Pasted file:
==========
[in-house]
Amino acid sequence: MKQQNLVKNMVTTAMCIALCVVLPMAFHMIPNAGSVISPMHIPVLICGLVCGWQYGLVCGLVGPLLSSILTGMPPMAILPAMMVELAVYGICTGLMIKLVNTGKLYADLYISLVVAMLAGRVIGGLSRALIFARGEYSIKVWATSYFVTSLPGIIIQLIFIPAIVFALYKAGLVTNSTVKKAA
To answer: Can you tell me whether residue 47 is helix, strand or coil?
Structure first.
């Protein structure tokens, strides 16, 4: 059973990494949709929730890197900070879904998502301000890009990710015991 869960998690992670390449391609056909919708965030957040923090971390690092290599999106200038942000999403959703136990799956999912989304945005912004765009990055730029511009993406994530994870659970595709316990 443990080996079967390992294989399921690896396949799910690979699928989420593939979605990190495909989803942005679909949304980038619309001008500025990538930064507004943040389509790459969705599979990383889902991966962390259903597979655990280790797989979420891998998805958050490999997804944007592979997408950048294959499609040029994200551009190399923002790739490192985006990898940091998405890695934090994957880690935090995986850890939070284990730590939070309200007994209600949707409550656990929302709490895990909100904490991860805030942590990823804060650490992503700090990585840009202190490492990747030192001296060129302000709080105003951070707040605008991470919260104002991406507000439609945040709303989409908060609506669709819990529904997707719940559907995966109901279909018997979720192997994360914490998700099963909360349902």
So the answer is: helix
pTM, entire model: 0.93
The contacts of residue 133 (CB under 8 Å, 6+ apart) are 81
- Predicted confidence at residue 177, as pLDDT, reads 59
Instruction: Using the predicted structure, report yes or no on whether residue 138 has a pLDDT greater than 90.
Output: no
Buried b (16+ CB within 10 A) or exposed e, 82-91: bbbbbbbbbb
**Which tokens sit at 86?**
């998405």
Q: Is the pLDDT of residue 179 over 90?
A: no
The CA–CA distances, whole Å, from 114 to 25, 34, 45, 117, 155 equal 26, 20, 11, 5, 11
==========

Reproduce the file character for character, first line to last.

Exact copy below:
[in-house]
Amino acid sequence: MKQQNLVKNMVTTAMCIALCVVLPMAFHMIPNAGSVISPMHIPVLICGLVCGWQYGLVCGLVGPLLSSILTGMPPMAILPAMMVELAVYGICTGLMIKLVNTGKLYADLYISLVVAMLAGRVIGGLSRALIFARGEYSIKVWATSYFVTSLPGIIIQLIFIPAIVFALYKAGLVTNSTVKKAA
To answer: Can you tell me whether residue 47 is helix, strand or coil?
Structure first.
């Protein structure tokens, strides 16, 4: 059973990494949709929730890197900070879904998502301000890009990710015991 869960998690992670390449391609056909919708965030957040923090971390690092290599999106200038942000999403959703136990799956999912989304945005912004765009990055730029511009993406994530994870659970595709316990 443990080996079967390992294989399921690896396949799910690979699928989420593939979605990190495909989803942005679909949304980038619309001008500025990538930064507004943040389509790459969705599979990383889902991966962390259903597979655990280790797989979420891998998805958050490999997804944007592979997408950048294959499609040029994200551009190399923002790739490192985006990898940091998405890695934090994957880690935090995986850890939070284990730590939070309200007994209600949707409550656990929302709490895990909100904490991860805030942590990823804060650490992503700090990585840009202190490492990747030192001296060129302000709080105003951070707040605008991470919260104002991406507000439609945040709303989409908060609506669709819990529904997707719940559907995966109901279909018997979720192997994360914490998700099963909360349902």
So the answer is: helix
pTM, entire model: 0.93
The contacts of residue 133 (CB under 8 Å, 6+ apart) are 81
- Predicted confidence at residue 177, as pLDDT, reads 59
Instruction: Using the predicted structure, report yes or no on whether residue 138 has a pLDDT greater than 90.
Output: no
Buried b (16+ CB within 10 A) or exposed e, 82-91: bbbbbbbbbb
**Which tokens sit at 86?**
């998405």
Q: Is the pLDDT of residue 179 over 90?
A: no
The CA–CA distances, whole Å, from 114 to 25, 34, 45, 117, 155 equal 26, 20, 11, 5, 11